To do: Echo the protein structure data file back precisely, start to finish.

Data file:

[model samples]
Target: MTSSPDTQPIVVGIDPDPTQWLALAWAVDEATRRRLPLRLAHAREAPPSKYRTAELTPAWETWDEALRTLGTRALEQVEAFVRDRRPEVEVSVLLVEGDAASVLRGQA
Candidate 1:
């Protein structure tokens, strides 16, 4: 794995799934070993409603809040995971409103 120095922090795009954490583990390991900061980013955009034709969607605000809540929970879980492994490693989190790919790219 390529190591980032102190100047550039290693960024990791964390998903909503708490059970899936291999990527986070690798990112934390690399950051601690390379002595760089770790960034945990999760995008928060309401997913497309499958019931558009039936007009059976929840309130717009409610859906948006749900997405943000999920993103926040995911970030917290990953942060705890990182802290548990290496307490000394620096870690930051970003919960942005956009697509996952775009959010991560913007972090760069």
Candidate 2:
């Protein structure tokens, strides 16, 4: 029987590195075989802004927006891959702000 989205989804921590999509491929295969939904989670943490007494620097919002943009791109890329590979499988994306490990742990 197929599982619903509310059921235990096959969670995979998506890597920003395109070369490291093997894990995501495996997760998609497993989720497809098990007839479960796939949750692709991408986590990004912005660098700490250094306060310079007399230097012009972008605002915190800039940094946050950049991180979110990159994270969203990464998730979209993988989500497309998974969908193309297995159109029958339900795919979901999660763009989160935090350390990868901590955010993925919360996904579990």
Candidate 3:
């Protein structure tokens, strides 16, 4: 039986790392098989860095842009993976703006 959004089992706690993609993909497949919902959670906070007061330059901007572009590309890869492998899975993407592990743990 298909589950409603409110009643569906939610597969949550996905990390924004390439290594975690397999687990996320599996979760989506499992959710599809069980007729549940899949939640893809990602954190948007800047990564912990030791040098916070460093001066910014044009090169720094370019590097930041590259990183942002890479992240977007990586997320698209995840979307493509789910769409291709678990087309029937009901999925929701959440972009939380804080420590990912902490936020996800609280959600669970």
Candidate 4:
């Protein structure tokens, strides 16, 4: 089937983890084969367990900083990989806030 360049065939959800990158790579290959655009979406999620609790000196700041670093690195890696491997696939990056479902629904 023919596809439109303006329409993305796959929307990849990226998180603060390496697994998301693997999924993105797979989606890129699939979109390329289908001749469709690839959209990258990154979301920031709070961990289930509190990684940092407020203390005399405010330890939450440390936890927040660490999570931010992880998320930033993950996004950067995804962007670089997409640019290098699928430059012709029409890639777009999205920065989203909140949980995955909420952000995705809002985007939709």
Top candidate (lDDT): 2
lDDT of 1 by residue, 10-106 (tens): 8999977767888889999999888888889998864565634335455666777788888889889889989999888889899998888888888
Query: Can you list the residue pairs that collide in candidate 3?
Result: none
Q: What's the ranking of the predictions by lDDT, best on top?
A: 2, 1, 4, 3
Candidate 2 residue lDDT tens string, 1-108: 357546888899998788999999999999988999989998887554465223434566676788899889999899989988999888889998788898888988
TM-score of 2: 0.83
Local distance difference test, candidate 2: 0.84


[model samples]
Target: MTSSPDTQPIVVGIDPDPTQWLALAWAVDEATRRRLPLRLAHAREAPPSKYRTAELTPAWETWDEALRTLGTRALEQVEAFVRDRRPEVEVSVLLVEGDAASVLRGQA
Candidate 1:
């Protein structure tokens, strides 16, 4: 794995799934070993409603809040995971409103 120095922090795009954490583990390991900061980013955009034709969607605000809540929970879980492994490693989190790919790219 390529190591980032102190100047550039290693960024990791964390998903909503708490059970899936291999990527986070690798990112934390690399950051601690390379002595760089770790960034945990999760995008928060309401997913497309499958019931558009039936007009059976929840309130717009409610859906948006749900997405943000999920993103926040995911970030917290990953942060705890990182802290548990290496307490000394620096870690930051970003919960942005956009697509996952775009959010991560913007972090760069």
Candidate 2:
């Protein structure tokens, strides 16, 4: 029987590195075989802004927006891959702000 989205989804921590999509491929295969939904989670943490007494620097919002943009791109890329590979499988994306490990742990 197929599982619903509310059921235990096959969670995979998506890597920003395109070369490291093997894990995501495996997760998609497993989720497809098990007839479960796939949750692709991408986590990004912005660098700490250094306060310079007399230097012009972008605002915190800039940094946050950049991180979110990159994270969203990464998730979209993988989500497309998974969908193309297995159109029958339900795919979901999660763009989160935090350390990868901590955010993925919360996904579990």
Candidate 3:
């Protein structure tokens, strides 16, 4: 039986790392098989860095842009993976703006 959004089992706690993609993909497949919902959670906070007061330059901007572009590309890869492998899975993407592990743990 298909589950409603409110009643569906939610597969949550996905990390924004390439290594975690397999687990996320599996979760989506499992959710599809069980007729549940899949939640893809990602954190948007800047990564912990030791040098916070460093001066910014044009090169720094370019590097930041590259990183942002890479992240977007990586997320698209995840979307493509789910769409291709678990087309029937009901999925929701959440972009939380804080420590990912902490936020996800609280959600669970």
Candidate 4:
């Protein structure tokens, strides 16, 4: 089937983890084969367990900083990989806030 360049065939959800990158790579290959655009979406999620609790000196700041670093690195890696491997696939990056479902629904 023919596809439109303006329409993305796959929307990849990226998180603060390496697994998301693997999924993105797979989606890129699939979109390329289908001749469709690839959209990258990154979301920031709070961990289930509190990684940092407020203390005399405010330890939450440390936890927040660490999570931010992880998320930033993950996004950067995804962007670089997409640019290098699928430059012709029409890639777009999205920065989203909140949980995955909420952000995705809002985007939709």
Top candidate (lDDT): 2
lDDT of 1 by residue, 10-106 (tens): 8999977767888889999999888888889998864565634335455666777788888889889889989999888889899998888888888
Query: Can you list the residue pairs that collide in candidate 3?
Result: none
Q: What's the ranking of the predictions by lDDT, best on top?
A: 2, 1, 4, 3
Candidate 2 residue lDDT tens string, 1-108: 357546888899998788999999999999988999989998887554465223434566676788899889999899989988999888889998788898888988
TM-score of 2: 0.83
Local distance difference test, candidate 2: 0.84